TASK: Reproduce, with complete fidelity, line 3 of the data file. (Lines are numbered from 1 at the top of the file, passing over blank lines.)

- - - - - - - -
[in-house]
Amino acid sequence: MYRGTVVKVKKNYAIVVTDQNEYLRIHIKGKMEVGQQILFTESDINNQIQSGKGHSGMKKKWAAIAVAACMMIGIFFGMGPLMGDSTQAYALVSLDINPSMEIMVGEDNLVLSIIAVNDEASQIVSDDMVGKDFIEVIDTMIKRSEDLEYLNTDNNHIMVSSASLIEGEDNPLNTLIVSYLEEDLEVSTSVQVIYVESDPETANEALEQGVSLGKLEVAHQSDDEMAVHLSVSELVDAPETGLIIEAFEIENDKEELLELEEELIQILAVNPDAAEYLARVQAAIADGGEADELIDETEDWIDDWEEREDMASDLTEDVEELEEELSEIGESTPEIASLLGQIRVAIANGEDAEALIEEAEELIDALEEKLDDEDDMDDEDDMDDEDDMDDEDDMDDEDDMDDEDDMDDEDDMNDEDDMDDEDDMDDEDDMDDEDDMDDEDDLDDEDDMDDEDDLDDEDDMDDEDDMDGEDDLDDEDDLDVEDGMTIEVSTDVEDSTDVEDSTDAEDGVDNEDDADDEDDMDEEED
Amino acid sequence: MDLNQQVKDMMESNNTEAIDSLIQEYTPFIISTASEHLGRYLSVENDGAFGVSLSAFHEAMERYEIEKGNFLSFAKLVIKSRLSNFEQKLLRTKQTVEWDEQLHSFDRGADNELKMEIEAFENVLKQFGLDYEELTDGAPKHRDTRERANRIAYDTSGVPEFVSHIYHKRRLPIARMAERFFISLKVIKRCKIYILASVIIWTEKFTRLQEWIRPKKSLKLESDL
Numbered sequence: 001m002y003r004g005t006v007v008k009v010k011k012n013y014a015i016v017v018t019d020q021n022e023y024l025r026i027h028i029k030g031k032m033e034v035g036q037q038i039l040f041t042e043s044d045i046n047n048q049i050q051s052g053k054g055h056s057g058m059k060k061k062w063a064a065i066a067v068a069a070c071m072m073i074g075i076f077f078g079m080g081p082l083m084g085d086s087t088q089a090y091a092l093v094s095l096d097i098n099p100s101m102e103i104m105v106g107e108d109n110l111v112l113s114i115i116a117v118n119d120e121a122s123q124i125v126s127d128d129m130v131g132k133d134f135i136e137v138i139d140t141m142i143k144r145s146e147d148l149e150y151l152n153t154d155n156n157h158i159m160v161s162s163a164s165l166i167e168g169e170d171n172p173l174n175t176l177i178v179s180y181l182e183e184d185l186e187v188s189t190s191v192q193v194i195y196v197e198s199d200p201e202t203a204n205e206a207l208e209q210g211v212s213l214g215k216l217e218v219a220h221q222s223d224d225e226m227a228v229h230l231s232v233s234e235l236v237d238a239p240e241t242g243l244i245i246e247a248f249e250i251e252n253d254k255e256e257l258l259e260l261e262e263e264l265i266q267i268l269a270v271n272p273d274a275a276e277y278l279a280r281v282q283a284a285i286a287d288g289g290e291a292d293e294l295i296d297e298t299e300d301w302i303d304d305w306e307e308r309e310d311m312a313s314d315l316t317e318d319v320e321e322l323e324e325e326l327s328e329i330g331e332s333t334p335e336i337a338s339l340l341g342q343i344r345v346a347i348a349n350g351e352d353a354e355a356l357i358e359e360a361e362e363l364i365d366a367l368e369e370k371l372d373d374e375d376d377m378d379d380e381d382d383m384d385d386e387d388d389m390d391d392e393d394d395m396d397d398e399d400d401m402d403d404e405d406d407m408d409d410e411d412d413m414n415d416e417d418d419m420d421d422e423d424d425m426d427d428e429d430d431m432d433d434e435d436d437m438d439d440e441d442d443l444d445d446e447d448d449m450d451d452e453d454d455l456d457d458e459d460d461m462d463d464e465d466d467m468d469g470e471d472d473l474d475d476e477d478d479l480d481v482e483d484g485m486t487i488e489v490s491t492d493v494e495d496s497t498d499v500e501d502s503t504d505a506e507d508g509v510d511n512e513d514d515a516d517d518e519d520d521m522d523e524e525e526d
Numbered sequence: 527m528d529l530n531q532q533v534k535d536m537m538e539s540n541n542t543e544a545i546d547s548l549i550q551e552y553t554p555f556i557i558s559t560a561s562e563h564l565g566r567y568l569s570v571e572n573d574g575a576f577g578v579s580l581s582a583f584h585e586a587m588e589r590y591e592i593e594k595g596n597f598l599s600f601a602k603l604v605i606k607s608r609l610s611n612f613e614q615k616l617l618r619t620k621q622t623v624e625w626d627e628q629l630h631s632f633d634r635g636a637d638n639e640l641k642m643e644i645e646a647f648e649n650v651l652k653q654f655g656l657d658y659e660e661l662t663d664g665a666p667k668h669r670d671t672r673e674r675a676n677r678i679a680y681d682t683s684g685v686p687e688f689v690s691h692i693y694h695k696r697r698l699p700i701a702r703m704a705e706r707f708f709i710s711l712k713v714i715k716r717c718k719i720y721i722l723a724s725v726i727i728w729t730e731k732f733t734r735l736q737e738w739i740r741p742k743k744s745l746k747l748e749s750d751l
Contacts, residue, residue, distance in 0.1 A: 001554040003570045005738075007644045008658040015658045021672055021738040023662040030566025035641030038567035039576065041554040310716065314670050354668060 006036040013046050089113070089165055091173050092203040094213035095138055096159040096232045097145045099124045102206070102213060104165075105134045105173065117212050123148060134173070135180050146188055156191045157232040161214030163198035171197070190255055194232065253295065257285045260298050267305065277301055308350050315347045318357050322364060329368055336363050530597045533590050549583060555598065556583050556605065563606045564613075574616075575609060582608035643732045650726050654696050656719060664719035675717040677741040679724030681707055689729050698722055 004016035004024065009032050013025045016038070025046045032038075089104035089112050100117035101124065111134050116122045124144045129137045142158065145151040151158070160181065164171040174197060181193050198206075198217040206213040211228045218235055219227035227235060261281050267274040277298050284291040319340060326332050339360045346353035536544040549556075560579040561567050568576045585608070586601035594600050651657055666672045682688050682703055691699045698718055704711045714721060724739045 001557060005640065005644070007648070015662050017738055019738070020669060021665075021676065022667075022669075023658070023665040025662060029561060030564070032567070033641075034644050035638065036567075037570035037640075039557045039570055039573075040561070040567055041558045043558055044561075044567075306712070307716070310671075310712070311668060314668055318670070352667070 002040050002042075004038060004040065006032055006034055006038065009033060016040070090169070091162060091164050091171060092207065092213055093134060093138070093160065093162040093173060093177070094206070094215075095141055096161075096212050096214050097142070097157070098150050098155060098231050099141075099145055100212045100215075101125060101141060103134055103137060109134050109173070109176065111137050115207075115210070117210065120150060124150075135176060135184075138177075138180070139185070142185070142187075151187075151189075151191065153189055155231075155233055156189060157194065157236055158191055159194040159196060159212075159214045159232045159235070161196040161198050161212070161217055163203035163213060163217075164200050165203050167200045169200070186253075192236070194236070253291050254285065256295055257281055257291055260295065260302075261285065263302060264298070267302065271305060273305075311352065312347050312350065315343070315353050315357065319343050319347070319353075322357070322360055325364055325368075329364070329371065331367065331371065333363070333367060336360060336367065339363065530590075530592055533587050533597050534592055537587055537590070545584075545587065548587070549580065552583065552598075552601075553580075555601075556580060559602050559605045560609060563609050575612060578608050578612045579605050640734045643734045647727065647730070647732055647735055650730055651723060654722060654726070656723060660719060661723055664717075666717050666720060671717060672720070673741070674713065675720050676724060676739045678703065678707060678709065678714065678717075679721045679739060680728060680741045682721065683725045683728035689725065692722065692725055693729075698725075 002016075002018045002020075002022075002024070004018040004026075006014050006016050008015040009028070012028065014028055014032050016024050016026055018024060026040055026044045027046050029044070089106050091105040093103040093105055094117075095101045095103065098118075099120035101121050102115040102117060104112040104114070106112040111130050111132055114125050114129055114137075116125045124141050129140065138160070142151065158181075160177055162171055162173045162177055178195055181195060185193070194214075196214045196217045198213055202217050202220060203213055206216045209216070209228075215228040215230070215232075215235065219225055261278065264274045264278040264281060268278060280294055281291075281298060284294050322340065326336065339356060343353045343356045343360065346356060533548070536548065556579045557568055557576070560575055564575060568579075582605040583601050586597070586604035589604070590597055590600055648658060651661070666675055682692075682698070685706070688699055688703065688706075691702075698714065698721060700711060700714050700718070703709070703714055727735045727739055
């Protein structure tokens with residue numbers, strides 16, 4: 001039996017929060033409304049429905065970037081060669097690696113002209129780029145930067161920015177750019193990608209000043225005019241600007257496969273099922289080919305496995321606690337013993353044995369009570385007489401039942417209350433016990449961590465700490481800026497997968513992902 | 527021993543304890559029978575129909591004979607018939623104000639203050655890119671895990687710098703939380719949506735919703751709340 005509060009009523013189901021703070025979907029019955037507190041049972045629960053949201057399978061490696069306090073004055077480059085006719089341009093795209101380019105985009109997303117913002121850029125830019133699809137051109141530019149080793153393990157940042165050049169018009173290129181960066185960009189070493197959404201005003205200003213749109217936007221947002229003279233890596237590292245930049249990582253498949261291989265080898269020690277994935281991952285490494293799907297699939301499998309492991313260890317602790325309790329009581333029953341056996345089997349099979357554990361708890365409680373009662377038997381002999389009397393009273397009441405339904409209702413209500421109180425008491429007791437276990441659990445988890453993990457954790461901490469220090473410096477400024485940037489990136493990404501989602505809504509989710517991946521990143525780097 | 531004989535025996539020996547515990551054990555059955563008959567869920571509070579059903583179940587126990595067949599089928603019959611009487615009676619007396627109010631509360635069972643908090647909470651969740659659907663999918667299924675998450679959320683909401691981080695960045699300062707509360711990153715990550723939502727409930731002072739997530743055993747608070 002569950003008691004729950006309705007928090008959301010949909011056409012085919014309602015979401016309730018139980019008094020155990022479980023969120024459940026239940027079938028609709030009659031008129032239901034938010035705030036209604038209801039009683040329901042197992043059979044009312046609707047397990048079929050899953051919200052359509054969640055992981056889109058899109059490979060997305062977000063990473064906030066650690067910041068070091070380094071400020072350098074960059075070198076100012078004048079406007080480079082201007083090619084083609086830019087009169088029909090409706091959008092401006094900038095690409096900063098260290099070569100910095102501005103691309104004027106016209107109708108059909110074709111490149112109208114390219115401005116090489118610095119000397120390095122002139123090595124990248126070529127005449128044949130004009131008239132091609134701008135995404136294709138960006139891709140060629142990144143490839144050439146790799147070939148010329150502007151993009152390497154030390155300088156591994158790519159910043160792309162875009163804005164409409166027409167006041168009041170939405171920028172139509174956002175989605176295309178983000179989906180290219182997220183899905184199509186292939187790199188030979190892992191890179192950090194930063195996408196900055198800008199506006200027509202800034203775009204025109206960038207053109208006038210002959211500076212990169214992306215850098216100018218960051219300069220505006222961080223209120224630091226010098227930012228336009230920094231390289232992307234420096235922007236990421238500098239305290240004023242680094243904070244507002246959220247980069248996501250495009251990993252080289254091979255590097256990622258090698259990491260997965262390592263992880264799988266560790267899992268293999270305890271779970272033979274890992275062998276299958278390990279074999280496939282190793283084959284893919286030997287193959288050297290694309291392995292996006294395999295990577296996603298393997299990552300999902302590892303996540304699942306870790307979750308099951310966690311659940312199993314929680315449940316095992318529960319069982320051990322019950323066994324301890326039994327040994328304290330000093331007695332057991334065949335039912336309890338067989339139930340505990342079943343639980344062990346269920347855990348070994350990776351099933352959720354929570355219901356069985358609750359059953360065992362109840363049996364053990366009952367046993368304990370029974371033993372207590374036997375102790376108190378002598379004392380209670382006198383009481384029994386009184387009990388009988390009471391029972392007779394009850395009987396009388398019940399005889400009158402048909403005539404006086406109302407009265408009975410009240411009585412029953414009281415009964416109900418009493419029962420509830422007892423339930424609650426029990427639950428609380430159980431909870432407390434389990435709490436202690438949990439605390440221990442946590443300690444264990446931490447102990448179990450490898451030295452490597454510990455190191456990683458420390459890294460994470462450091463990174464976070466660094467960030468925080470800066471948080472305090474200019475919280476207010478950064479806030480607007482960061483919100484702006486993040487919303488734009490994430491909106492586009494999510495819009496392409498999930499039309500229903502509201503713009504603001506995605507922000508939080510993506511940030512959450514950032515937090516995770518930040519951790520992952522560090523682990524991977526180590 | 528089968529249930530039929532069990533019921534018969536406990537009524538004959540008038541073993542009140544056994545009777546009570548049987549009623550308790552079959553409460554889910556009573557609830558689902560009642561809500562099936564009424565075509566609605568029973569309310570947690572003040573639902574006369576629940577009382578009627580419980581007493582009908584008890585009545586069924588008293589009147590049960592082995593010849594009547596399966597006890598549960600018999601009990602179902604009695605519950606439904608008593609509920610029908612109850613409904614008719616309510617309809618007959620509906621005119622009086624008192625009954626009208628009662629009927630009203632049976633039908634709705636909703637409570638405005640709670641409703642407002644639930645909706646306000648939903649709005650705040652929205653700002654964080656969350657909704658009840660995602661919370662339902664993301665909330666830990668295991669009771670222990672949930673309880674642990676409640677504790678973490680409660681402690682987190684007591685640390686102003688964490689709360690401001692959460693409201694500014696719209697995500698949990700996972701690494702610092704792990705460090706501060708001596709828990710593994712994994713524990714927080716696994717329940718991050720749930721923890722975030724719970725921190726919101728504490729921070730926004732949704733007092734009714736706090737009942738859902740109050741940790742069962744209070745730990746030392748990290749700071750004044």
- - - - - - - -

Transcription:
Amino acid sequence: MDLNQQVKDMMESNNTEAIDSLIQEYTPFIISTASEHLGRYLSVENDGAFGVSLSAFHEAMERYEIEKGNFLSFAKLVIKSRLSNFEQKLLRTKQTVEWDEQLHSFDRGADNELKMEIEAFENVLKQFGLDYEELTDGAPKHRDTRERANRIAYDTSGVPEFVSHIYHKRRLPIARMAERFFISLKVIKRCKIYILASVIIWTEKFTRLQEWIRPKKSLKLESDL